Tending to Believe

Listening to the radio news the other night, I heard for the first time about Jacques Delisle, a Former Quebec Appeal Court justice charged in a Quebec courtroom this week with first-degree murder in the death of his wife.

My first reaction was a sigh. This comes in the same week that a commission of inquiry examines allegations of partisan interference in the selection of Quebec judges. Over the years I’ve heard personal anecdotal stories of judges that I can’t repeat because they’d be libelous, but which I tend to believe. There’s something comforting in the thought that the powerful are probably more corrupt than the rest of us; perhaps it justifies our powerlessness.

Delisle was called to the bar in 1958, named a Superior Court judge in 1983, and promoted to the Quebec Court of Appeal in 1992. He also faces a charge of possessing an illegal firearm.

His wife Marie-Nicole Rainville’s death was originally classified as a suicide, but police reversed the finding following a lengthy investigation into the death of the 71-year-old woman. Details are covered by a publication ban.

The more I listened, the more I sickened to think that someone like this had held judicial power over hundreds of people and participated in the formation of public policy. The feeling merged with my general distrust of public figures, known instances of betrayal by public officials and a growing sense of cynicism about our society, a realisation of powerlessness and, above all, a feeling of us and them.

As the announcer wound down his long report about the caution of the police and courts in pursuit of this arrest, I was filled with disgust. Almost as an afterthought, he closed his report with the statement that “Delisle’s wife had been seriously ill for some time.”

My judgements came tumbling down around my ears. Suddenly there was no more ‘us and them;’ I was in this man’s shoes, respecting the possibility that he might have done the unthinkable to end her suffering. My wife Caroline has made it clear in no uncertain terms that should her MS ever bring her to a state of total disability, she wouldn’t want to be kept hanging on. Of course, I respect her wishes. Given a legitimate choice I’d perhaps make the right decision. But what if I weren’t given that choice, and was left to watch her suffer without respite? Would my commitment to those wishes override all other considerations?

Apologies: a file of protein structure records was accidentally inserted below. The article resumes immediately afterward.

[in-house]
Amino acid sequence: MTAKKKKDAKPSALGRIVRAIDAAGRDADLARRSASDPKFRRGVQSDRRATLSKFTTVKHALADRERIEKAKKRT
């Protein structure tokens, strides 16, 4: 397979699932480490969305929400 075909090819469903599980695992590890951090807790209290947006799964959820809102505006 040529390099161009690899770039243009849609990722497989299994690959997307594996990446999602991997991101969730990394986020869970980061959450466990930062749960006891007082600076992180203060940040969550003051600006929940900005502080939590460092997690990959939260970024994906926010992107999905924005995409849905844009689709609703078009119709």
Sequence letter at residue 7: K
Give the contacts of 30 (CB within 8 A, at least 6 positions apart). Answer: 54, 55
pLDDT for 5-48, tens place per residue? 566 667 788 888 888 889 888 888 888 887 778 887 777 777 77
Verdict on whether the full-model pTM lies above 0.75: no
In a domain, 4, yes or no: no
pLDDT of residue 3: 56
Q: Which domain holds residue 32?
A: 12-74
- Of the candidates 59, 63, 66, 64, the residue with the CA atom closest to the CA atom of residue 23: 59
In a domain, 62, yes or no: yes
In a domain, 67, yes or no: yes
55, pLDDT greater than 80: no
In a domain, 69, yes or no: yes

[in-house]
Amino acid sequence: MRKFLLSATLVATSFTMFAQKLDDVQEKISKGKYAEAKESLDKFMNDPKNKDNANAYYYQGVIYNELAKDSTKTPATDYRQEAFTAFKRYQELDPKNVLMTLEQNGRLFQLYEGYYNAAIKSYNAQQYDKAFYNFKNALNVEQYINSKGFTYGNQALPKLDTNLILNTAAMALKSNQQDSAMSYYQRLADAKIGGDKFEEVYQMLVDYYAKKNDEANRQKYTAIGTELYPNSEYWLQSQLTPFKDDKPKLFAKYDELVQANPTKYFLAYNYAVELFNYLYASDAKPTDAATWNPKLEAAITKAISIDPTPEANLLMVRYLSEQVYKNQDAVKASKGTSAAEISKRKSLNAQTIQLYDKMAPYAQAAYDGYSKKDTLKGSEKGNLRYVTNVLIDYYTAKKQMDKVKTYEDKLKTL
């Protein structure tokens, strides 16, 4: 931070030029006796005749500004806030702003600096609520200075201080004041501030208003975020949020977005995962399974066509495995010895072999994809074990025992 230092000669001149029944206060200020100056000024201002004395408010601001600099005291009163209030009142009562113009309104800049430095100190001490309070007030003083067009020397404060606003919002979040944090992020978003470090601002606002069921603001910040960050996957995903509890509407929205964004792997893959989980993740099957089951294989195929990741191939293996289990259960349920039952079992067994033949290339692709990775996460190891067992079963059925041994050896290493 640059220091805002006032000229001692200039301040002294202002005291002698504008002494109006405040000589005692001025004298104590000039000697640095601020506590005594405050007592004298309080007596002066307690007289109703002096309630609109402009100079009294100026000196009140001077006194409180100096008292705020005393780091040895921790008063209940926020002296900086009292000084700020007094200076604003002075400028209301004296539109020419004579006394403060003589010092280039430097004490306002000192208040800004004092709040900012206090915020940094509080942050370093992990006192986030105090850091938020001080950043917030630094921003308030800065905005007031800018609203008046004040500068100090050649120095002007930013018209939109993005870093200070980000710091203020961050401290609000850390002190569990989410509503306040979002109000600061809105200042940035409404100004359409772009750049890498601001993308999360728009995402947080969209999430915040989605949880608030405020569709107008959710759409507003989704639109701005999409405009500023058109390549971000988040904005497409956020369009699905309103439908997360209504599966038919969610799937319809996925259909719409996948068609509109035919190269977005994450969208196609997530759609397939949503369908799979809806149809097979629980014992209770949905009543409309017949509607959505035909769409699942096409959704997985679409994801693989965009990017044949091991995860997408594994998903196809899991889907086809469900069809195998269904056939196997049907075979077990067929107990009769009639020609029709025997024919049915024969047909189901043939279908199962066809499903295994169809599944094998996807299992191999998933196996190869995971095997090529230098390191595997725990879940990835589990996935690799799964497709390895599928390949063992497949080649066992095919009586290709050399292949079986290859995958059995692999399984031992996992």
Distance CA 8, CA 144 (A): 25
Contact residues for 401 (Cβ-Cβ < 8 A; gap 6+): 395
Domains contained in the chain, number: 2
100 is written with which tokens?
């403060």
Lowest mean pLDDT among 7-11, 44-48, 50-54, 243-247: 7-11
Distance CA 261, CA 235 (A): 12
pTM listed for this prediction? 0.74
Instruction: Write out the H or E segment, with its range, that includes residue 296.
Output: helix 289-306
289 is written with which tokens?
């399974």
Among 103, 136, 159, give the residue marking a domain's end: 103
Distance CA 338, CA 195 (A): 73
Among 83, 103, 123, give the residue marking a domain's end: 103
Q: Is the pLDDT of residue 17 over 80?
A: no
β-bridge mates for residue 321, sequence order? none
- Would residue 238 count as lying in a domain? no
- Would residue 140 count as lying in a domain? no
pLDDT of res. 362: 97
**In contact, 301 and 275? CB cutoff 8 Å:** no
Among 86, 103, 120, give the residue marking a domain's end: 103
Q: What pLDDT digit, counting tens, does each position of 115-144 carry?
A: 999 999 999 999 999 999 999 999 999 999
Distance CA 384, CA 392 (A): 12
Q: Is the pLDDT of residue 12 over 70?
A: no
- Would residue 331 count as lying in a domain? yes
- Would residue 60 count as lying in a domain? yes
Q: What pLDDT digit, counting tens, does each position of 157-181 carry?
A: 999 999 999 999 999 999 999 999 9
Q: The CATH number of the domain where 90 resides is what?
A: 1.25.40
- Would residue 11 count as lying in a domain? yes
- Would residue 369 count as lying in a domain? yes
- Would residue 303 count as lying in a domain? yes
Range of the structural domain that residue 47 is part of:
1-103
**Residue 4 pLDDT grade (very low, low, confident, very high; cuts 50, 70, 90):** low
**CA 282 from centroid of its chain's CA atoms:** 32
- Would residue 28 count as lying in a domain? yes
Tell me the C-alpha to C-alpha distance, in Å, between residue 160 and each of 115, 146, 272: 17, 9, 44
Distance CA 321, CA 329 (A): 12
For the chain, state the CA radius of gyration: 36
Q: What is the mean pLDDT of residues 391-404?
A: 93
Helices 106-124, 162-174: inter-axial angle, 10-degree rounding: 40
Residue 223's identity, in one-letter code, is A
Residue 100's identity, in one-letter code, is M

If this story actually turns out to be one of compassion, and not of conjugal violence as I’d cynically assumed, Judge Delisle may lose his liberty—and gain my respect.

We talk of ‘the media’ as if it’s an entity in its own right, but in the end it’s just people under pressure putting stories together. Even when those stories are factually accurate, they still have to pass through the filter of our prejudices and emotional needs before they settle in our consciousness. Unfortunately, we’re not answerable to anyone for our judgements until we express them. More often than not they’re half-baked, flimsy and based on habitual thinking; if we do express them it’s usually to enable the cynicism of others and believe ourselves smugly right because they agree. It’s comforting to know that we’re not alone in our prejudices. Is this how our society has grown so cynical?

In this instance the facts jarred sufficiently for me to question myself, but how often is that not the case? How often do I just jump to convenient conclusions? If I can’t blame things on the powers that be, I can always shift the blame to ‘the media’ for the way they presented ‘the facts.’ Either way I remain, in my own eyes, as pure as the driven snow.

This realisation isn’t very flattering. It reminds me of how much rubbish goes through my head under the pretext of common sense. The price of integrity is the abandonment of beliefs that we hold simply because they’re comfortably familiar. Sometimes we’re our own worst enemies; how often are we willing to admit that?

Author: Stephen Schettini

Host of The Naked Monk

2 thoughts on “Tending to Believe”

  1. I too found myself wondering if he didn’t kill his wife to put her out of her misery. In listening to news reports, I often wonder just how much truth there is to what we are hearing … as you say “it’s just people under pressure putting stories together”… or it can also be just one person’s opinion … and not necessarily an accurate one. I still have a sneaking suspicion that many people holding positions in high office did not get there by being Mr. Nice Guy, or particular honest. I suspect ambition, and power hunger would more likely come into play when aspiring to a higher office … yes, I am a cynic!!!. However I do believe we are fortunate to live in Canada, and not North Korea or Afghanistan, to name but two. Using the term “convenient conclusions” reminds me that you can’t judge a book by its cover. Over the years I’ve learned this to be so true … for my part, I’ve had many a rude awakening and now try to be less judgemental and jump to fewer conclusions. That’s not easy; I often do it without really being aware I am doing it. Having been a hypercritical individual (and still trying to control it) I have come to believe that a lot of it’s due to my own insecurities … perhaps this applies in many cases. Am I getting off track?

    Stephen, I really have to make time to read the Naked Monk more often….an excellent way to stimulate my grey matter!!!

    1. Veronica: You’re not off track at all; quite the opposite. We all tend to hold unnecesary opinions and prejudices in an attempt to shore up our sense of self — as if it needs it. It’s just baggage for the sake of baggage. The person we really are doesn’t need to prove a thing … and yet we keep trying, don’t we?

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